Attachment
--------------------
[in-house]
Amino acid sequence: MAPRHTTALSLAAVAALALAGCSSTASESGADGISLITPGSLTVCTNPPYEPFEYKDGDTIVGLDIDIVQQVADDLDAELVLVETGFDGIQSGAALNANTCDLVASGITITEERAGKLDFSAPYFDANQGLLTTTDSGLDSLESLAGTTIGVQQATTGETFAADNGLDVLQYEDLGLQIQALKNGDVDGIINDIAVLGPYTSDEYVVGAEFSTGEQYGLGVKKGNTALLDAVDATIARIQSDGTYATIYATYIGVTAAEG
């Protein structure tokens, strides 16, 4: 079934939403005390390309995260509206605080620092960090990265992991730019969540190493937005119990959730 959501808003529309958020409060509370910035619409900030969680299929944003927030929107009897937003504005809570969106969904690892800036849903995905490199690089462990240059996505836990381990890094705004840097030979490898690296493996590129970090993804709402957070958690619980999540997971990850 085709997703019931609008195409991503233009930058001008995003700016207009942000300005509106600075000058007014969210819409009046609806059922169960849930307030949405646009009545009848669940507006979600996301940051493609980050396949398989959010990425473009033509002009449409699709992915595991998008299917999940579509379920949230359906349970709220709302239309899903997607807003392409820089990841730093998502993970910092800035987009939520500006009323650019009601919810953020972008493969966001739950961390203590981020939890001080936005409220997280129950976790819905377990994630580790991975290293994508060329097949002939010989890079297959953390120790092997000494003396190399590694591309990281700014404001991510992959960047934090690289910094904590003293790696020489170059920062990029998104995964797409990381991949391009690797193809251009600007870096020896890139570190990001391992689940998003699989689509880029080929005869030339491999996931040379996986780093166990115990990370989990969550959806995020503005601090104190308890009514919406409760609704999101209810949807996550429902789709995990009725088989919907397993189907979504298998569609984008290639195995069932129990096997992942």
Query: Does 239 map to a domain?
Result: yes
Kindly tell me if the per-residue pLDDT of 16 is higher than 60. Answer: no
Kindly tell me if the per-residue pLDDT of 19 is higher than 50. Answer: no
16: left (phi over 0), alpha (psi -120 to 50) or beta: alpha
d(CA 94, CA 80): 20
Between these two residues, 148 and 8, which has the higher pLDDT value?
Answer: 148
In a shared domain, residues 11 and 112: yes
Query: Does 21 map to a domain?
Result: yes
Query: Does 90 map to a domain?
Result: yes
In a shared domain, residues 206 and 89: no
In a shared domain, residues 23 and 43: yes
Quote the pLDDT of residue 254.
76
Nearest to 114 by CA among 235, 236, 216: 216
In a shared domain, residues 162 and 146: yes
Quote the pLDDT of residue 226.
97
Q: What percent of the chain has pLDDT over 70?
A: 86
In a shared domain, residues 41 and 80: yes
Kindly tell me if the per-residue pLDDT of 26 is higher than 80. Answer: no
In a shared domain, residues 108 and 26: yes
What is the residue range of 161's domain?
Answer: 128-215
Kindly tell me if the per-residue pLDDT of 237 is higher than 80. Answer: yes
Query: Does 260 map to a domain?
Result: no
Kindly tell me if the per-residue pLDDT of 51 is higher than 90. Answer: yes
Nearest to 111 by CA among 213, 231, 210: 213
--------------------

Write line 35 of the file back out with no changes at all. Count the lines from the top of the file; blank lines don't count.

Kindly tell me if the per-residue pLDDT of 51 is higher than 90. Answer: yes